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Mines Minister Bill Bennett said Wednesday the provincial government has been slow to recognize the need to give aboriginal communities a voice in shaping resource development.

Jimmy Jeong/The Globe and Mail

The B.C. government is launching a review of the health and safety laws that regulate mining in the province in the wake of last summer's Mount Polley mine disaster. And, for the first time, First Nations will have equal representation at the table with industry and organized labour.

Mines Minister Bill Bennett said Wednesday the provincial government has been slow to recognize the need to give aboriginal communities a voice in shaping resource development. The challenge, he said, will be integrating B.C.'s traditional industry priorities with the more holistic perspective of First Nations around environmental protection.

"It's unprecedented. There will be some anxiety on the industry side," he said in an interview.

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The review of the Health, Safety and Reclamation Code for Mines is intended to address recommendations for better environmental regulation. The need for change was spelled out in an expert panel report that examined the failure of the tailings pond dam at the Mount Polley copper and gold mine near Williams Lake in B.C.'s Central Interior. The panel found design flaws in the dam led to the breach, which spilled 10 million cubic metres of contaminated water into the waterways below. They also warned that more dam failures can be expected if changes are not made.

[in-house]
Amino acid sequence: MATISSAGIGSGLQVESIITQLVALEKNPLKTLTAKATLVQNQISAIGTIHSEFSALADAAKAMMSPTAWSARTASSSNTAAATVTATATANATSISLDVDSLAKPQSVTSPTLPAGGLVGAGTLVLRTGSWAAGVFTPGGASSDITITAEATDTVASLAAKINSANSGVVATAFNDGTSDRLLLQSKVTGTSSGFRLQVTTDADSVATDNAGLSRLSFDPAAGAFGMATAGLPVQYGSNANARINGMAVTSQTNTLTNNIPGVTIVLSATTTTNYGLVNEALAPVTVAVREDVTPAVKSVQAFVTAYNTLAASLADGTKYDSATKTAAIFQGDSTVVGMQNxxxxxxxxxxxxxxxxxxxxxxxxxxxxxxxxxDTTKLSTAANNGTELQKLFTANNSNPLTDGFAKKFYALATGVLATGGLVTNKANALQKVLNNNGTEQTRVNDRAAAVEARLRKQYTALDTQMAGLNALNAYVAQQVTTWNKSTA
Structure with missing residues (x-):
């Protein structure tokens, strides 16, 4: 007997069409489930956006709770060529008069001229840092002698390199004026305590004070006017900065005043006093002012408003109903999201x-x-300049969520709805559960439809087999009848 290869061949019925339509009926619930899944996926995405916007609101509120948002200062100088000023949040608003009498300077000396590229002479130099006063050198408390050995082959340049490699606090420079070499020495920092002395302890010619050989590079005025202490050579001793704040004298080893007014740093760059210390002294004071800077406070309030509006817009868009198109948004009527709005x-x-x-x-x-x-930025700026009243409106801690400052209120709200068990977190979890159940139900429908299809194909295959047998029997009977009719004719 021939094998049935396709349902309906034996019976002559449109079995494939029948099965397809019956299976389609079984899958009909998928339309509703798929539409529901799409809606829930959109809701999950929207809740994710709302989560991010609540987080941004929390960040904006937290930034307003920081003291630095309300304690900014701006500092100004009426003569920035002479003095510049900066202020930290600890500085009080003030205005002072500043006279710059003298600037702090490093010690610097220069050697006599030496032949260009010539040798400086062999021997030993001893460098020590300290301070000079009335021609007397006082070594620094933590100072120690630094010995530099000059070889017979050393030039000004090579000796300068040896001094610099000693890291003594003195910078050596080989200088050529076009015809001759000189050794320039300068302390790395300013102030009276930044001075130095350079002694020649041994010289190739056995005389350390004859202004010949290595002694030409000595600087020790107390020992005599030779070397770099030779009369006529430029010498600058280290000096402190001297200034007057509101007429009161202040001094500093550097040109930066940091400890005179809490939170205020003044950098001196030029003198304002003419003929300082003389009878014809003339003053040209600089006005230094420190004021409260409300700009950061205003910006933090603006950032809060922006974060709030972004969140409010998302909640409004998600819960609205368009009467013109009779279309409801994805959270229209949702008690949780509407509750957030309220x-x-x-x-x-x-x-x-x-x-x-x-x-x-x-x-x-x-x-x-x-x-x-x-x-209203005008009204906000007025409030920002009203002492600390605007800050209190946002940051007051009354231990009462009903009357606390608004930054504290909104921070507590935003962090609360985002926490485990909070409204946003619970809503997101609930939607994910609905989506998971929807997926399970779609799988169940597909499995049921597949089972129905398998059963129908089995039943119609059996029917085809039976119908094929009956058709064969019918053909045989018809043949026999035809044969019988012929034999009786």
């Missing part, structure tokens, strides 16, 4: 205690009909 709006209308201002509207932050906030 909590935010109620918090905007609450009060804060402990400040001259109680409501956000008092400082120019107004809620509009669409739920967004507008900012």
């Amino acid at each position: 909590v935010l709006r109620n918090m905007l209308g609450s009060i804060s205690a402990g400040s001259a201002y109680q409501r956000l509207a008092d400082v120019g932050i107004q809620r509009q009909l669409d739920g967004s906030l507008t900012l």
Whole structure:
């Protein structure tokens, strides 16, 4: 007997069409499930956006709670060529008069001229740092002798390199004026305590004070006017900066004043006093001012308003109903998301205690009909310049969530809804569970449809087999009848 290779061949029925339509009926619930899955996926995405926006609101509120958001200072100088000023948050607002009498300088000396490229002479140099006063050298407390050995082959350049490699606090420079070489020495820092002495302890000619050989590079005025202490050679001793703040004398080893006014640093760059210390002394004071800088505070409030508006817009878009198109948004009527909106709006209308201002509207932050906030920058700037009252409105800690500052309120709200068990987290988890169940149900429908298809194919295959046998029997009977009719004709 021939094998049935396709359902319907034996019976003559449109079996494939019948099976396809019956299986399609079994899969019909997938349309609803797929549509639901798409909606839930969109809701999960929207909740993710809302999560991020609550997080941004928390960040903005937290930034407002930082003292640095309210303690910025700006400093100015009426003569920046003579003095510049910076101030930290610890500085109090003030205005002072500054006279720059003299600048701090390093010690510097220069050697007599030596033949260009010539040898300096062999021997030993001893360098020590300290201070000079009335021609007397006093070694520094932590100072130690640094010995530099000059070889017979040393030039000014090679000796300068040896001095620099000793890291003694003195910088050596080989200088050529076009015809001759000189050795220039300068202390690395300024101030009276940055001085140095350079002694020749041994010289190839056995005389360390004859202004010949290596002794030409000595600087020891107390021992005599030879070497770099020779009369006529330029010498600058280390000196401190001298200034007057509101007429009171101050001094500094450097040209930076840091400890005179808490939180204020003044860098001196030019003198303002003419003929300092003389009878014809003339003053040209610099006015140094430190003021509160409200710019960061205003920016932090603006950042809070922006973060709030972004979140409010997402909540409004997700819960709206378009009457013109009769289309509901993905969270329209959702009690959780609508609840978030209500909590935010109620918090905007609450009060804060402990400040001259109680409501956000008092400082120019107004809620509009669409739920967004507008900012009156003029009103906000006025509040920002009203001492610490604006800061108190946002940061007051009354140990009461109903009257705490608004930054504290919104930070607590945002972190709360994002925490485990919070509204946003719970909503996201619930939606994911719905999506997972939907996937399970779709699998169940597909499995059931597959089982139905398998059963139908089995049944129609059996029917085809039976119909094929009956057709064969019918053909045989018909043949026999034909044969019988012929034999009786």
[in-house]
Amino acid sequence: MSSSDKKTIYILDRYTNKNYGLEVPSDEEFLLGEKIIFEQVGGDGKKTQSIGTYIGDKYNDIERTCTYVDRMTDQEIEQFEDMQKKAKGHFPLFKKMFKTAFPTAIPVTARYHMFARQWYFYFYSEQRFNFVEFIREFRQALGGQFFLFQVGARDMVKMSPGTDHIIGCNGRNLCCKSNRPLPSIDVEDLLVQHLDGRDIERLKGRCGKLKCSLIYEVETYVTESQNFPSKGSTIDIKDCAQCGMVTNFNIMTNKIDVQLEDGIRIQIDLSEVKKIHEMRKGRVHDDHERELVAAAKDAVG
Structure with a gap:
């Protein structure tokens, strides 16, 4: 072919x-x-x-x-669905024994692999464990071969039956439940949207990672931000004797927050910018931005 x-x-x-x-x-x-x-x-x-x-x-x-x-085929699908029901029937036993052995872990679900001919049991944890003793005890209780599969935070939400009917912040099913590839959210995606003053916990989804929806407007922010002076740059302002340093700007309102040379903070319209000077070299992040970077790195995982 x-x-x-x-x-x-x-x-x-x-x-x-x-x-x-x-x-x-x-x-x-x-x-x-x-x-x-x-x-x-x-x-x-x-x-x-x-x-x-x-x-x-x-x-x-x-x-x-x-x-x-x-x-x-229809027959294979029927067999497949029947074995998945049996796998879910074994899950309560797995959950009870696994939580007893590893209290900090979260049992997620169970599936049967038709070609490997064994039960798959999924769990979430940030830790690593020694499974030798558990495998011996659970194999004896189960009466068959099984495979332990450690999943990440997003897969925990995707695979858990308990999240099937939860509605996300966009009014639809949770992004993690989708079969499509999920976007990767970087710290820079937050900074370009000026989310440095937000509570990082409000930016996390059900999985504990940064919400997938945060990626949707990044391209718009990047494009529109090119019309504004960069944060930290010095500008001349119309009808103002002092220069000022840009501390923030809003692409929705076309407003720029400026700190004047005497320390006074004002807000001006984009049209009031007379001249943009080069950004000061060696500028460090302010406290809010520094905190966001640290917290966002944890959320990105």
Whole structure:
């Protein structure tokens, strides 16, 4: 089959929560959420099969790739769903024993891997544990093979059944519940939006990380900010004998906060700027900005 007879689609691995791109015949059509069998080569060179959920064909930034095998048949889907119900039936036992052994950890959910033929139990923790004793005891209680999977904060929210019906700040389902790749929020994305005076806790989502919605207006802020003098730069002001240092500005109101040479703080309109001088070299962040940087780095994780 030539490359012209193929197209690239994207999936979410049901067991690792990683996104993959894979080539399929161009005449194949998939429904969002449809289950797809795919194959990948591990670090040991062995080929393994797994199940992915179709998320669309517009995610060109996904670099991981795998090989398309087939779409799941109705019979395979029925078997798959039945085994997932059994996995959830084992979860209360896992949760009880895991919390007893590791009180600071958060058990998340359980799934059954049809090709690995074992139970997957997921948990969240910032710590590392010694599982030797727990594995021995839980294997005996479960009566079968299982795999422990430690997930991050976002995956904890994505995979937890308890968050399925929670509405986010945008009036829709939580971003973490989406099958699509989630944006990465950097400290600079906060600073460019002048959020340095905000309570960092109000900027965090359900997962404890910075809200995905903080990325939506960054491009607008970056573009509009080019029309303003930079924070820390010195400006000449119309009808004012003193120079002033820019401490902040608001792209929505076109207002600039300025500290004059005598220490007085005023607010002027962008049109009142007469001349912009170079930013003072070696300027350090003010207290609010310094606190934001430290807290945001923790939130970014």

Mr. Bennett also welcomed a new report from the BC First Nations Energy and Mining Council that addresses the concerns of aboriginal communities about other existing tailings-pond facilities and the continued appetite for expanded mining in B.C.

The council report mapped out the 35 active mine tailings ponds in B.C. north of Mount Polley, and traced the potential paths of contaminants from dam failures at those sites. It found thousands of kilometres of salmon-rich waterways and the drinking water of hundreds of communities are at risk of mining-related environmental disasters.

"It is actually profoundly important," Mr. Bennett said. "It represents the First Nations' view of the world.… Their point of view really hasn't come in to the internal dialogue of government as much as it should have."

He said the question of what needs to change to mitigate the risk of another tailings-pond failure will be addressed by the review panel. "This is a discussion that government needs to have with the industry, with the unions, with First Nations."

The review of the code is expected to take one year, he said.

Dave Porter, chief executive officer of the First Nations mining council, said the government's offer to ensure First Nations participate in the code review on equal footing with industry is appropriate.

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"We appreciate the positive response from the minister," he said. "It appears that overall, the attitude of government has been one of recognizing the importance of building a more responsive and accountable mining sector in this province."

The council, led by Mr. Porter, has already set out a series of priorities from the province's First Nations communities. Most of the mining activity in the province occurs in land that is subject to aboriginal land claims, and the council is calling for a framework for resource revenue sharing. They're also seeking a new industry-funded reserve that would be made available in the event of another serious environmental incident related to the mining industry.

Although there are still two investigations continuing into the breach of the Mount Polley dam, the government is expected to move ahead with an application to reopen the mine this summer. Mr. Bennett said getting the mine restarted is important for the community, and it will not use the existing tailings pond.

B.C. First Nations Energy and Mining Council report

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